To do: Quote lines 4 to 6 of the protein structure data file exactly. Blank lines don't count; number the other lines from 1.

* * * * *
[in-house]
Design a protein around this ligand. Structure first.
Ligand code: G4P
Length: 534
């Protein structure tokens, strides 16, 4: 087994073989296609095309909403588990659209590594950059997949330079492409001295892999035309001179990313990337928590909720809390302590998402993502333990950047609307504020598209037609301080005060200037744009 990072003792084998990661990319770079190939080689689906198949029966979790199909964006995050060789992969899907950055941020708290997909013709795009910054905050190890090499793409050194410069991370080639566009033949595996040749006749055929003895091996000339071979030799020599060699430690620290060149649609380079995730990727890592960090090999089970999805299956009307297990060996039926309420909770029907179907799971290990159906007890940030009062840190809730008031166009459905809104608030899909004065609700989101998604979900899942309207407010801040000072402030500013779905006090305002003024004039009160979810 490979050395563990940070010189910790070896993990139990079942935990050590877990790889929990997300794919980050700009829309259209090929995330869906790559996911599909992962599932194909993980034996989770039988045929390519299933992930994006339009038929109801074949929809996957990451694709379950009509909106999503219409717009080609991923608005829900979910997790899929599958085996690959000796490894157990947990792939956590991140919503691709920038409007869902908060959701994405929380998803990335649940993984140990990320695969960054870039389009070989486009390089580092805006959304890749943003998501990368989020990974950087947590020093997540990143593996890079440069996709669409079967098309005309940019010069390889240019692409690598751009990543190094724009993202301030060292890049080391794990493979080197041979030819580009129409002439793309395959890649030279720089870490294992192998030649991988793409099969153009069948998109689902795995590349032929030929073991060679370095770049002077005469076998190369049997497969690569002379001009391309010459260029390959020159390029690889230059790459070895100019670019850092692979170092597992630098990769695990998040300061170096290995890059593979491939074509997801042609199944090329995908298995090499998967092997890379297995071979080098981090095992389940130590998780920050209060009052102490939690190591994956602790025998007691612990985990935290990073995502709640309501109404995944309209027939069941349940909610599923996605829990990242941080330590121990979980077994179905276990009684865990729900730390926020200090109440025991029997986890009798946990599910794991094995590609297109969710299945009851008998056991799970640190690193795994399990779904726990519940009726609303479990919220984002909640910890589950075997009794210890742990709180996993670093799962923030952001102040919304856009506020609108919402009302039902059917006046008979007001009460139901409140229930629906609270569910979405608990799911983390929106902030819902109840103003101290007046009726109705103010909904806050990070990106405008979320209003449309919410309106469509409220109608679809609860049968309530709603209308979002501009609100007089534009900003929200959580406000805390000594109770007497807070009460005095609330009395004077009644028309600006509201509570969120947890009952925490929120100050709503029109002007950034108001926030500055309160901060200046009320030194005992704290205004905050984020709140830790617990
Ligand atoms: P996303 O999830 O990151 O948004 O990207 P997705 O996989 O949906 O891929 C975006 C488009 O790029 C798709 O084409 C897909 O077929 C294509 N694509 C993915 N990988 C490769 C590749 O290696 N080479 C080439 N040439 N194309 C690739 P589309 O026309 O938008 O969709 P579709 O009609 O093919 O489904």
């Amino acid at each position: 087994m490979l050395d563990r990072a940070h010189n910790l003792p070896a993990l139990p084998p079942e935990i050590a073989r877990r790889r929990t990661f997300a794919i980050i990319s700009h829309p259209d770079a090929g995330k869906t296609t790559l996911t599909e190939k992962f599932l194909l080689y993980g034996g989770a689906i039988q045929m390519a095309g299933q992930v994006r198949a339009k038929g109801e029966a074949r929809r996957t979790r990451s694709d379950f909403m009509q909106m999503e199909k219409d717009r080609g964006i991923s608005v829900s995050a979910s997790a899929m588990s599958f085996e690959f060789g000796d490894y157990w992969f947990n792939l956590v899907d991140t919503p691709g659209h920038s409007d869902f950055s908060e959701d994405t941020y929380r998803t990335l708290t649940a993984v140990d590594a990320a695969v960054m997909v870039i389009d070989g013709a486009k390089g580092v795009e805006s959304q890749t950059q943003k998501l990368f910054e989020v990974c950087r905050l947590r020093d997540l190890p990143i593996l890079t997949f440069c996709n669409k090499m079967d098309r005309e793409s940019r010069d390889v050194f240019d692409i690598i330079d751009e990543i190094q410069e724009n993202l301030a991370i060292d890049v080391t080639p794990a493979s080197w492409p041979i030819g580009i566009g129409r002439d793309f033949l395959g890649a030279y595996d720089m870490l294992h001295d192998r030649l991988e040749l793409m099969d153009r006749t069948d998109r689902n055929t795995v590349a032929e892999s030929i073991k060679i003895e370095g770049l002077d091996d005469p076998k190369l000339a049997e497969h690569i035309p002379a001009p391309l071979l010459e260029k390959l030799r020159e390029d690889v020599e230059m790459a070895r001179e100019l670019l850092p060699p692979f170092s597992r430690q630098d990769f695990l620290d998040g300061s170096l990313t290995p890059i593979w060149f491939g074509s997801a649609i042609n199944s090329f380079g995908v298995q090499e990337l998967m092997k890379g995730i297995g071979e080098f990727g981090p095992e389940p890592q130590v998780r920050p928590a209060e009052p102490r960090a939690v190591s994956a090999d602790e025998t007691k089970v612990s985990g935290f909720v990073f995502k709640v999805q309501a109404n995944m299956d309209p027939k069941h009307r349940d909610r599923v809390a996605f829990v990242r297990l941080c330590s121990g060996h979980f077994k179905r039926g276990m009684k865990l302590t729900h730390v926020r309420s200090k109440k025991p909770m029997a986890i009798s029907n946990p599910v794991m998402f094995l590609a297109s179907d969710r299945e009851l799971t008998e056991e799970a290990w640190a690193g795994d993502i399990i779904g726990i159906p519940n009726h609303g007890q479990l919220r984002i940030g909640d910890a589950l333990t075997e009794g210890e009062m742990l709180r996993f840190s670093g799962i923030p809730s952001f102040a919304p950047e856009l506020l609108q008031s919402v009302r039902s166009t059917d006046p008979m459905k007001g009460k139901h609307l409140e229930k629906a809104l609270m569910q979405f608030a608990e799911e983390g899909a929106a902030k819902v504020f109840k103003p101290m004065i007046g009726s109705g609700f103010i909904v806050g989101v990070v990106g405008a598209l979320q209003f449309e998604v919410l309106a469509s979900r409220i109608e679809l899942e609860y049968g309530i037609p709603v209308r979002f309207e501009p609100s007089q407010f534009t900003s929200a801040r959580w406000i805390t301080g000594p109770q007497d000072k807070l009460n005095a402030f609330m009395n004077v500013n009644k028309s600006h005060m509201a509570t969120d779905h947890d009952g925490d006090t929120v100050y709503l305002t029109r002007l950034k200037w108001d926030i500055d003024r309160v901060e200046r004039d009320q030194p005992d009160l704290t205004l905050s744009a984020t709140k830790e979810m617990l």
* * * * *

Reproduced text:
Length: 534
């Protein structure tokens, strides 16, 4: 087994073989296609095309909403588990659209590594950059997949330079492409001295892999035309001179990313990337928590909720809390302590998402993502333990950047609307504020598209037609301080005060200037744009 990072003792084998990661990319770079190939080689689906198949029966979790199909964006995050060789992969899907950055941020708290997909013709795009910054905050190890090499793409050194410069991370080639566009033949595996040749006749055929003895091996000339071979030799020599060699430690620290060149649609380079995730990727890592960090090999089970999805299956009307297990060996039926309420909770029907179907799971290990159906007890940030009062840190809730008031166009459905809104608030899909004065609700989101998604979900899942309207407010801040000072402030500013779905006090305002003024004039009160979810 490979050395563990940070010189910790070896993990139990079942935990050590877990790889929990997300794919980050700009829309259209090929995330869906790559996911599909992962599932194909993980034996989770039988045929390519299933992930994006339009038929109801074949929809996957990451694709379950009509909106999503219409717009080609991923608005829900979910997790899929599958085996690959000796490894157990947990792939956590991140919503691709920038409007869902908060959701994405929380998803990335649940993984140990990320695969960054870039389009070989486009390089580092805006959304890749943003998501990368989020990974950087947590020093997540990143593996890079440069996709669409079967098309005309940019010069390889240019692409690598751009990543190094724009993202301030060292890049080391794990493979080197041979030819580009129409002439793309395959890649030279720089870490294992192998030649991988793409099969153009069948998109689902795995590349032929030929073991060679370095770049002077005469076998190369049997497969690569002379001009391309010459260029390959020159390029690889230059790459070895100019670019850092692979170092597992630098990769695990998040300061170096290995890059593979491939074509997801042609199944090329995908298995090499998967092997890379297995071979080098981090095992389940130590998780920050209060009052102490939690190591994956602790025998007691612990985990935290990073995502709640309501109404995944309209027939069941349940909610599923996605829990990242941080330590121990979980077994179905276990009684865990729900730390926020200090109440025991029997986890009798946990599910794991094995590609297109969710299945009851008998056991799970640190690193795994399990779904726990519940009726609303479990919220984002909640910890589950075997009794210890742990709180996993670093799962923030952001102040919304856009506020609108919402009302039902059917006046008979007001009460139901409140229930629906609270569910979405608990799911983390929106902030819902109840103003101290007046009726109705103010909904806050990070990106405008979320209003449309919410309106469509409220109608679809609860049968309530709603209308979002501009609100007089534009900003929200959580406000805390000594109770007497807070009460005095609330009395004077009644028309600006509201509570969120947890009952925490929120100050709503029109002007950034108001926030500055309160901060200046009320030194005992704290205004905050984020709140830790617990
Ligand atoms: P996303 O999830 O990151 O948004 O990207 P997705 O996989 O949906 O891929 C975006 C488009 O790029 C798709 O084409 C897909 O077929 C294509 N694509 C993915 N990988 C490769 C590749 O290696 N080479 C080439 N040439 N194309 C690739 P589309 O026309 O938008 O969709 P579709 O009609 O093919 O489904």